Discover Michigan: State History Conference heads to Holland

By: Jennifer Sigouin | C&G Newspapers | Published August 29, 2017


The city of Holland will say “welkom” to anyone wanting to delve a little deeper into the area’s rich Dutch history when it hosts the annual State History Conference Sept. 22-24.

Presented by the Historical Society of Michigan, the conference is held in a different location each year and is open to both history buffs and professionals from historical organizations. The event gives attendees an in-depth look at each year’s host city as well as Michigan history in general.

Nancy Feldbush, director of communications for the Historical Society of Michigan, said that for those who want to visit Holland, the conference is a great way to “immerse yourself” in the area’s culture. She noted that about 60 percent of the conference will be Holland-based, and the rest will cover other statewide topics.

On the first day of the conference, Friday, Sept. 22, participants can attend one of three guided tours: a tour of Holland’s Dutch-American historical sites, a tour of the city’s “Big Red” lighthouse on Lake Michigan, or a tour of the Holland Museum and the DeZwaan windmill.

The windmill, located at Holland’s Windmill Island Gardens, will likely be a popular excursion.

“It was the last historic windmill to leave the Netherlands, and it’s here in Michigan,” said Feldbush.

The windmill tour will be led by Alisa Crawford, a certified miller who operates the windmill.

“The two major icons for the greater Holland area are the windmill and the lighthouse,” she said. “When people see them, they connect to our region.”

Crawford explained that the windmill was brought to Michigan in 1964 and is fully operational. It’s both educational and functional, as it is still used to grind grain.

“It’s well-integrated into the community,” she said, noting that the grain she grinds there is locally and regionally grown.

The windmill’s products are used locally too. Customers include Holland-area restaurants and bakeries, which use the windmill’s flour; and New Holland Brewing, which uses windmill-ground rye for a special beer that’s brewed for the city’s annual Tulip Time festival.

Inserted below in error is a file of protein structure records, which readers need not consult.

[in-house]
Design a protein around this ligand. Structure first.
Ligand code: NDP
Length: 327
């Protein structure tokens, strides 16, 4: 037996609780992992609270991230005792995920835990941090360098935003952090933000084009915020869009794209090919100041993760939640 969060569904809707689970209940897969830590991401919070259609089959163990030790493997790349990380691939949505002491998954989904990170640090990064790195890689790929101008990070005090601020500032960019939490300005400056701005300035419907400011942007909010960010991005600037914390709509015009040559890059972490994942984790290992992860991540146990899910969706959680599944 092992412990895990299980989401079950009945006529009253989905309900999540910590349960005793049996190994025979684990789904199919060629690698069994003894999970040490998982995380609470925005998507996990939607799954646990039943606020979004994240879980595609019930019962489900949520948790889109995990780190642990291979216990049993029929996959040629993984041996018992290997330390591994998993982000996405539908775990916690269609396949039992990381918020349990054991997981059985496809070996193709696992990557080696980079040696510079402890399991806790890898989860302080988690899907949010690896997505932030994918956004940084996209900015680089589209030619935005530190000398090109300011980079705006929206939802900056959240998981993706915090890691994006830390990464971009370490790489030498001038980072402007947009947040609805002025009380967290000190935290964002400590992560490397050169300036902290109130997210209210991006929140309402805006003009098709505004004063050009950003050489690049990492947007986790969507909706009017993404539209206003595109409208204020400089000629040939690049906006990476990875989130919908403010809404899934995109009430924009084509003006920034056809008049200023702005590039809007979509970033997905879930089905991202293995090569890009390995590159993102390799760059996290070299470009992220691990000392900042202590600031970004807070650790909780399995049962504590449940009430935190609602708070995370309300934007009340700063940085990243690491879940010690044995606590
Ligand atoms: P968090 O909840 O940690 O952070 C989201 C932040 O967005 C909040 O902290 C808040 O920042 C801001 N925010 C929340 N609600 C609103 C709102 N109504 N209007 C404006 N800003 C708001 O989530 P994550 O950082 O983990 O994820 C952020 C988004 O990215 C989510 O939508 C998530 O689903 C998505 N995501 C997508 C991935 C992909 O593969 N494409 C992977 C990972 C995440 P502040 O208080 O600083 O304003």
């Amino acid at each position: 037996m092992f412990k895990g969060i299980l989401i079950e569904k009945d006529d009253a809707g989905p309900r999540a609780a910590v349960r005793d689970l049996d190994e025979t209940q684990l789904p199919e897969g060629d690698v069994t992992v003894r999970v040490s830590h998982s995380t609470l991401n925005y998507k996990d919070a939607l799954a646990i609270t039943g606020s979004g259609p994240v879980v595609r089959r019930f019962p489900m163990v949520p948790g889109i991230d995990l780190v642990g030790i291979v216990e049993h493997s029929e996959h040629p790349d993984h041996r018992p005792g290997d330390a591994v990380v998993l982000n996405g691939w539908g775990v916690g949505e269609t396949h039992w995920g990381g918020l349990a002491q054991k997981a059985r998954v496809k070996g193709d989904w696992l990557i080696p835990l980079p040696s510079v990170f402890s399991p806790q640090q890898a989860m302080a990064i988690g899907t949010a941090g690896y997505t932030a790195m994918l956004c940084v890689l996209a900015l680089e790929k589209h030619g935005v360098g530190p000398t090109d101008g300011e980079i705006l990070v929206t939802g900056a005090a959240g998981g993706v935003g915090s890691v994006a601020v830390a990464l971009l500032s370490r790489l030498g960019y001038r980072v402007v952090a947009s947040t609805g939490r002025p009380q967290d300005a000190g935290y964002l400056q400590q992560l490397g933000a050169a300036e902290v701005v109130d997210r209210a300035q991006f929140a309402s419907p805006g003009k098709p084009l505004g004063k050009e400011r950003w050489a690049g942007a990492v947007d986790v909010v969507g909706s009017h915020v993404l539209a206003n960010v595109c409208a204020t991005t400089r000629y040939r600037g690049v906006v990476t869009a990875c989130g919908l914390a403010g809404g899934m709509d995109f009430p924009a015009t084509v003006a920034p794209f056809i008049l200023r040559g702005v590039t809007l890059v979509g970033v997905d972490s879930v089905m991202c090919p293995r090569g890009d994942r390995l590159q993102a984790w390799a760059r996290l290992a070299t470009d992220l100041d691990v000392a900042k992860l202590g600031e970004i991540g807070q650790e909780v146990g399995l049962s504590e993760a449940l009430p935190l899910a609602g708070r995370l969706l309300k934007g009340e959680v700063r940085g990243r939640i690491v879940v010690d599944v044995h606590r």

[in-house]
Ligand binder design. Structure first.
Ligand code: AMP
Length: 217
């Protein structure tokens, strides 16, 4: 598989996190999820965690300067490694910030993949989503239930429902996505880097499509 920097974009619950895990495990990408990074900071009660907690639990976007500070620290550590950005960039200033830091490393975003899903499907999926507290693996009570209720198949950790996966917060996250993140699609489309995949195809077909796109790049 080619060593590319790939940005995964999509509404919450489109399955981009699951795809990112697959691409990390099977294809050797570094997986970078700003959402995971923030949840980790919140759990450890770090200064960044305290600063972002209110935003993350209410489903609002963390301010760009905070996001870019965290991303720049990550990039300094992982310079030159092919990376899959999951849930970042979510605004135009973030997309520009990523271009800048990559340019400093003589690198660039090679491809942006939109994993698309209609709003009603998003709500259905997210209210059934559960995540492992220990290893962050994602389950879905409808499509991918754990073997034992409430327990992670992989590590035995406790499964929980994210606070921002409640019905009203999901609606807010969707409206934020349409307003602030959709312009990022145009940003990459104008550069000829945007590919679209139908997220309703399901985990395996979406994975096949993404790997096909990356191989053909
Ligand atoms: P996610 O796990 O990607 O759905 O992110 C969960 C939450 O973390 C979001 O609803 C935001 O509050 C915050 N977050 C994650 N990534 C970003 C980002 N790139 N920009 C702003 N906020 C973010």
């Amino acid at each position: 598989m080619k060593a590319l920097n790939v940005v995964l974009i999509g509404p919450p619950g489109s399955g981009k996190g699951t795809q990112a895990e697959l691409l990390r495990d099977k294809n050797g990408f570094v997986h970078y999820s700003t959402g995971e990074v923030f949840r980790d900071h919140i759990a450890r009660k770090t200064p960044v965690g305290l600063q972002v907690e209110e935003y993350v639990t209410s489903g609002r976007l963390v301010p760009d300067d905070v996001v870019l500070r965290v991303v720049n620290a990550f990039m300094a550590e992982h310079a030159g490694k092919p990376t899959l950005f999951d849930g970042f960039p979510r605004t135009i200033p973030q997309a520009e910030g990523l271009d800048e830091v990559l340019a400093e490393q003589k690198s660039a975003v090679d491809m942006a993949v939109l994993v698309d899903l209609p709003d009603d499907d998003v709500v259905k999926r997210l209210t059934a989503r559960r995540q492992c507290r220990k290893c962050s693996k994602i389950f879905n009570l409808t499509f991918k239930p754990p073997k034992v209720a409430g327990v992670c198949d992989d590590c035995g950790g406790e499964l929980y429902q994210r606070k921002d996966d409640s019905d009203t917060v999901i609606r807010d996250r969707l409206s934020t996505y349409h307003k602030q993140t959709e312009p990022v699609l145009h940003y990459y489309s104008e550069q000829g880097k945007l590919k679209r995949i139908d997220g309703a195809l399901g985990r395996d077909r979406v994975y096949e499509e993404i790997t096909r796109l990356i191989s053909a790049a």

Crawford said that those on the tour will not only get a rare behind-the-scenes look at the windmill, but they may also see a dedication of the windmill’s new state historical marker.

“I certainly think that they’re going to get a taste of the Dutch heritage that founded the community,” Crawford added.

Conference attendees will have more opportunities to learn about Holland’s Dutch heritage on Saturday, Sept. 23, during a keynote luncheon titled “Welkom to West Michigan,” followed by a series of breakout sessions and workshops, all held at the Haworth Inn & Conference Center at Hope College.

“Of course, we’re going to have a session on tulips,” Feldbush said, referring to a presentation titled “Tiptoeing Through the Tulips.”

Other Holland-centric sessions include “Grist for the Mill: The DeZwaan Windmill,” “Crafting an Industry: Holland’s Boat Builders,” and “Sizzle and Scandal: The Holland Furnace Company.”

Michigan history buffs may also be interested in Saturday morning’s opening keynote address on western Michigan’s role in the Arsenal of Democracy, as well as other sessions throughout the day. Topics include “1967: The Grand Rapids Uprising”; “Saugatuck: Creating the Art Coast of Michigan”; and “Finding Home: The Settlement of Chief Waukazoo’s Band,” which is about the Odawa Indians.

“I’m thrilled there’s going to be someone giving a discussion on the Odawa Indians that were here before the Dutch,” said Crawford. “They have a remarkable story, and I’m so glad it’s being told.”

Saturday’s events will conclude with a closing banquet at the Holland Area Arts Council, featuring a presentation titled “Fatal Crossing: The Disappearance of Flight 2501,” which will take a look at the mystery surrounding a plane that disappeared over Lake Michigan in 1950.

The conference will wrap up on Sunday, Sept. 24, with a morning tour of Holland’s historical downtown.

The State History Conference is open to everyone, and standard registration costs $169 for Historical Society of Michigan members or $199 for nonmembers. Friday’s guided tours cost an additional $20, and the closing banquet costs an additional $35. Standard registration runs through Sept. 10, and late registration runs Sept. 11-18. After Sept. 18, registration will only be available at the door, and meal tickets will not be available. For registration details and a full conference schedule, visit Registration can also be made by phone at (800) 692-1828.

Feldbush added that metro Detroiters who want an immersive history experience closer to home can look forward to the southeast Michigan history conference, Michigan in Perspective: The Local History Conference, March 23-24, 2018, in Sterling Heights.

Our Discover Michigan series explores Michigan’s most road trip-worthy destinations and events. Where’s your favorite place to travel in the mitten? Leave us a comment or email We may use your suggestion in an upcoming feature.